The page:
(20 equilateral; 60 isosceles)
|Edges||120 (2 types)|
|Vertices||42 (2 types)|
|Vertex configurations||(12) 35
|Symmetry group||Icosahedral (Ih)|
|Dual polyhedron||Chamfered dodecahedron|
Its name comes from a topological construction from the icosidodecahedron with the kis operator applied to the pentagonal faces. In this construction, all the vertices are assumed to be the same distance from the center, while in general icosahedral symmetry can be maintained even with the 12 order-5 vertices at a different distance from the center as the other 30.
It can also be topologically constructed from the icosahedron, dividing each triangular face into 4 triangles by adding mid-edge vertices. From this construction, all 80 triangles will be equilateral, but faces will be coplanar.
Tripentakis icosidodecahedron, the Kleetope of the icosahedron, can be obtained by raising low pyramids on each equilateral triangular face on a pentakis icosidodecahedron. It has 120 isosceles triangle faces (2 types), 180 edges (3 types) and 62 vertices (3 types).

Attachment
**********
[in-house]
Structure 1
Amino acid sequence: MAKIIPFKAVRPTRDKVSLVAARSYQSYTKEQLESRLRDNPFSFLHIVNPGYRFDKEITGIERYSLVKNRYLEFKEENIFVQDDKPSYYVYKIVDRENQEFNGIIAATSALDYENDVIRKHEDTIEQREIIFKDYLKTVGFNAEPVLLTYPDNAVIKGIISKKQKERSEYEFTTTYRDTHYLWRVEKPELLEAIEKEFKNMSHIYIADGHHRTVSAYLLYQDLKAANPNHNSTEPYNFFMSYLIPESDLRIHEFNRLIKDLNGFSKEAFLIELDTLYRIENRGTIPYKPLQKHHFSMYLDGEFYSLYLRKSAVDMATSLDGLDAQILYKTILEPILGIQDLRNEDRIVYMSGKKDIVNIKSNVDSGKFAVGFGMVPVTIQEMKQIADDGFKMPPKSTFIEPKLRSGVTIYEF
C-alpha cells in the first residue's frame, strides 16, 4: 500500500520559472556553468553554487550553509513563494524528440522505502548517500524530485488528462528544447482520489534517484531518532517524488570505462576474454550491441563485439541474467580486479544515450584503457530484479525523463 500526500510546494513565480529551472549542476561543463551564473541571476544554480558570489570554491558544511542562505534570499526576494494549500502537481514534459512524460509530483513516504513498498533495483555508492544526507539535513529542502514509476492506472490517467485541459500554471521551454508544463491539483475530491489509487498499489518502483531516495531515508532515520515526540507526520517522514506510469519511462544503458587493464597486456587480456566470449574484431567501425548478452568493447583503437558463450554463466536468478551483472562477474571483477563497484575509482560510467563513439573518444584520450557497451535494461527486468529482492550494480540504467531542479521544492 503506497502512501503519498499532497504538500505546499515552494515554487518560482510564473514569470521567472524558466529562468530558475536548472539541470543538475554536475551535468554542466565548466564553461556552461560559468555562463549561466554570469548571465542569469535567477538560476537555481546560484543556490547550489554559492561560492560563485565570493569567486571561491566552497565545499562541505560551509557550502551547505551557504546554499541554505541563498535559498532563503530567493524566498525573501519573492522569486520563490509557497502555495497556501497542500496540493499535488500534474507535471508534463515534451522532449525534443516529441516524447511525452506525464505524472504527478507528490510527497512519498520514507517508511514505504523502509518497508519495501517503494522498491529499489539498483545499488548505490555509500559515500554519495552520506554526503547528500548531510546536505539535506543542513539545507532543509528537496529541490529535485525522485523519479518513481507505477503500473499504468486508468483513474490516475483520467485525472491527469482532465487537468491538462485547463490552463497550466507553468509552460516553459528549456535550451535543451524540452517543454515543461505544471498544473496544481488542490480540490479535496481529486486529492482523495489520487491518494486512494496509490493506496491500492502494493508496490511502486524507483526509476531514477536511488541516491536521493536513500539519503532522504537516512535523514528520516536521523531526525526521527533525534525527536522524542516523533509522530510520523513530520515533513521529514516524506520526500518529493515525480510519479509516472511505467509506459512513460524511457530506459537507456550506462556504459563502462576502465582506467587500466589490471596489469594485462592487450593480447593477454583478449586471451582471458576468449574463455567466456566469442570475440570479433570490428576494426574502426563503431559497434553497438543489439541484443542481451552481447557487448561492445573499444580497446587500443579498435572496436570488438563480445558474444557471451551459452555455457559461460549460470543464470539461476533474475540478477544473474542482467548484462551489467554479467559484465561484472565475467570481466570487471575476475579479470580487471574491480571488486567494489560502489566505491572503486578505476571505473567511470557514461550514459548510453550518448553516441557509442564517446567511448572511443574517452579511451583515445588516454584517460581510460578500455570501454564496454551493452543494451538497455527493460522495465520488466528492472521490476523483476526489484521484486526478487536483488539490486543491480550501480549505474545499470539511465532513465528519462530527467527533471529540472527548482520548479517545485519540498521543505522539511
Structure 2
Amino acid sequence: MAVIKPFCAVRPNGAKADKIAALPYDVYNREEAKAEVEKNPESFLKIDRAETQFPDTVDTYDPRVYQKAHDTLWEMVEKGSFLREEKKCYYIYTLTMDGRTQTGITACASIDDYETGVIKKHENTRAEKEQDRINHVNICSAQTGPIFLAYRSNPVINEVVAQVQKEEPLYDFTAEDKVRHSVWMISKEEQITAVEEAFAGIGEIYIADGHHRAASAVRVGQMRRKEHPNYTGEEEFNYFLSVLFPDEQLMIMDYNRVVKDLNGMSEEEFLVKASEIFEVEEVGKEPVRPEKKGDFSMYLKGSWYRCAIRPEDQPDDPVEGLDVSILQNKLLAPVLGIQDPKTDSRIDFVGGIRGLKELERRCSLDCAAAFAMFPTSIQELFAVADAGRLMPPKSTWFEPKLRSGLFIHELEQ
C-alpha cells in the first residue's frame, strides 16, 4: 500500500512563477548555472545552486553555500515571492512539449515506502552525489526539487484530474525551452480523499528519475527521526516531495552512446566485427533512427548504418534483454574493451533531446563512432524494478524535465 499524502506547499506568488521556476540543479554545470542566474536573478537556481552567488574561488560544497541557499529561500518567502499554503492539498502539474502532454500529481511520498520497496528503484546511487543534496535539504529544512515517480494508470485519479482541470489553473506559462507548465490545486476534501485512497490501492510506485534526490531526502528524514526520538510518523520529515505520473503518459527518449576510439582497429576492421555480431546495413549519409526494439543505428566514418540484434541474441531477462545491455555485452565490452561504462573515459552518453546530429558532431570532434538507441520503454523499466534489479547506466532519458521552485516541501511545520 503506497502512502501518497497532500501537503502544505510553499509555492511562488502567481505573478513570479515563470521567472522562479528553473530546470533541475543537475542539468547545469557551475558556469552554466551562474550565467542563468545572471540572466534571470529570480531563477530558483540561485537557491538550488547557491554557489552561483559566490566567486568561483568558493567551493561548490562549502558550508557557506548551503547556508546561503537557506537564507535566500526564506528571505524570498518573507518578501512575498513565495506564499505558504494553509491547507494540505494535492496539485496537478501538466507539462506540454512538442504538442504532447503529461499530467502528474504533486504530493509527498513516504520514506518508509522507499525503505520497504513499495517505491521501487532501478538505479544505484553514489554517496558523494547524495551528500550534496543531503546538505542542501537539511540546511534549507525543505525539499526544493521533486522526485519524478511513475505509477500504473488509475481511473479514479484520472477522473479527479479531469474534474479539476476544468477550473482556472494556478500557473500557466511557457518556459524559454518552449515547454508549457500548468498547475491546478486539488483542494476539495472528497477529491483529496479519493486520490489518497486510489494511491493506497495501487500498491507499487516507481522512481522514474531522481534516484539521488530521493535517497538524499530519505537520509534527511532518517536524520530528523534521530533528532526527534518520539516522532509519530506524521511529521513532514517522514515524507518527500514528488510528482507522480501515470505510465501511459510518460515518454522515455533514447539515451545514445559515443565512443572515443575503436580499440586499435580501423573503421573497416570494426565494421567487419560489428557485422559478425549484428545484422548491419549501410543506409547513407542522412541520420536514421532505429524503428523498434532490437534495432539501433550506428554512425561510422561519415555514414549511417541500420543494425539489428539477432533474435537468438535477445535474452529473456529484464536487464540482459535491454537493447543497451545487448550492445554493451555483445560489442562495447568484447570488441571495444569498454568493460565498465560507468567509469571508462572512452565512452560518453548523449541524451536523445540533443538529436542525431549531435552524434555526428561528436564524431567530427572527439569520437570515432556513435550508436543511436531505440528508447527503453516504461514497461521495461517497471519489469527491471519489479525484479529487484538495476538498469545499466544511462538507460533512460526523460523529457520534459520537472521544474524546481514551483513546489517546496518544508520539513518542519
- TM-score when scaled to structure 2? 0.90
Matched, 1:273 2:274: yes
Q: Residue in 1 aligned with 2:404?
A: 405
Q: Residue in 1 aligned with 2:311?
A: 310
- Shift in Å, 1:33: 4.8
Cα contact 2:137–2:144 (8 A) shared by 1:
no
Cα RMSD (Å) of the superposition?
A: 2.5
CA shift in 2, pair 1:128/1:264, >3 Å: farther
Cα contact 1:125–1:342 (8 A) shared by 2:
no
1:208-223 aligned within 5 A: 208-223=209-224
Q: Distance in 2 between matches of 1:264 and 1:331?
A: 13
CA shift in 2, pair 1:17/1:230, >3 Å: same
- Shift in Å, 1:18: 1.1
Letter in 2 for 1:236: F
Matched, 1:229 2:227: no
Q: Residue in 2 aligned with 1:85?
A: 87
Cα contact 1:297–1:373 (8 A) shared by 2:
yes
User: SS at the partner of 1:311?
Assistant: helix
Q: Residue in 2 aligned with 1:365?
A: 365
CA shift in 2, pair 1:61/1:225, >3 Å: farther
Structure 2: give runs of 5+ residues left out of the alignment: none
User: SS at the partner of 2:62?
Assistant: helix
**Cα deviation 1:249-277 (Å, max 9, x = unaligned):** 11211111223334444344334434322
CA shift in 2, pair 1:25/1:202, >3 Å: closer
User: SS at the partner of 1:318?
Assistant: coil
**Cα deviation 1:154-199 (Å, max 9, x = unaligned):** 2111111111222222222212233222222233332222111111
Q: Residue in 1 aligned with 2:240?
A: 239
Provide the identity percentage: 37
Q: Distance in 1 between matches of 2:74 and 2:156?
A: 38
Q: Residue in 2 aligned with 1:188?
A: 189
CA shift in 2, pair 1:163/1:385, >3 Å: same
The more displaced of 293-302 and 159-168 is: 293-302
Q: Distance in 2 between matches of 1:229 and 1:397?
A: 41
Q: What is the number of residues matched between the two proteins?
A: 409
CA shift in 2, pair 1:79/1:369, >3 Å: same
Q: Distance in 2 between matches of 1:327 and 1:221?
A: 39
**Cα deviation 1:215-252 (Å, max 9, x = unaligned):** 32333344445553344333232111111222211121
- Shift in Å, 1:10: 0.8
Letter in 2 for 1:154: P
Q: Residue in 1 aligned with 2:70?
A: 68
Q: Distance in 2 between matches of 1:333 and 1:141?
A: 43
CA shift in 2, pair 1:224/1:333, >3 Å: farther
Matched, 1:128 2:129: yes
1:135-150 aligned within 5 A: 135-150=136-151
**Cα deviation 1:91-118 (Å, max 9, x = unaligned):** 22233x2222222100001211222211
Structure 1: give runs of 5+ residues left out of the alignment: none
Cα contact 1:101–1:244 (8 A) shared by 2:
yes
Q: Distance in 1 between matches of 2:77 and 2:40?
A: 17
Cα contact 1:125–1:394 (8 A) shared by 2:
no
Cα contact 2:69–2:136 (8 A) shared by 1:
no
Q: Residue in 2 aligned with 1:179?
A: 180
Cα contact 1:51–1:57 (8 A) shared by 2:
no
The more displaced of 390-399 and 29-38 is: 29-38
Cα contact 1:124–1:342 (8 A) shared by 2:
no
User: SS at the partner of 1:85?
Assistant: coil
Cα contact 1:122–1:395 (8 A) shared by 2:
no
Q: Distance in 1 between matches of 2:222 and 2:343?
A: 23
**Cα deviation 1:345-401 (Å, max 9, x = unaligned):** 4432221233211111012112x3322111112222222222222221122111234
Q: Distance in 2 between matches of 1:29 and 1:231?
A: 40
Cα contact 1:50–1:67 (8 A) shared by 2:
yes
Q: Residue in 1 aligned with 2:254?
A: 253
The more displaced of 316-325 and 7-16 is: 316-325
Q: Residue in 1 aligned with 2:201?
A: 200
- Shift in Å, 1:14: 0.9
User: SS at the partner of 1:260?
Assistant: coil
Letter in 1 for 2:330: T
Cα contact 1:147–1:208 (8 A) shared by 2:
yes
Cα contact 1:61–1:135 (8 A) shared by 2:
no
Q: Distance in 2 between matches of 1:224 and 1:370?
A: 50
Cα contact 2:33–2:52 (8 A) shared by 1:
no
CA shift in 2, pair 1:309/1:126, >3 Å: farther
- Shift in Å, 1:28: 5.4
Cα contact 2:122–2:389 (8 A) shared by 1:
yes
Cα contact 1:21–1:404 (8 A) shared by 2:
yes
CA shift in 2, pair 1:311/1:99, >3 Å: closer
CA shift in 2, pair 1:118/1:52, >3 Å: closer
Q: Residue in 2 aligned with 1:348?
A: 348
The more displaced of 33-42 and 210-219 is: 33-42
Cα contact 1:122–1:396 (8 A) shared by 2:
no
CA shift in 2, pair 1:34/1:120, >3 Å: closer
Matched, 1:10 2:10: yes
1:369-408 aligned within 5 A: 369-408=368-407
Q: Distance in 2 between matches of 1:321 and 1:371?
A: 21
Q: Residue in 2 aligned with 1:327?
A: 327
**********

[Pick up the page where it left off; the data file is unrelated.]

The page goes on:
- George W. Hart, Sculpture based on Propellorized Polyhedra, Proceedings of MOSAIC 2000, Seattle, WA, August, 2000, pp. 61–70 
- John H. Conway, Heidi Burgiel, Chaim Goodman-Strass, The Symmetries of Things 2008, ISBN 978-1-56881-220-5
- Chapter 21: Naming the Archimedean and Catalan polyhedra and Tilings (p 284)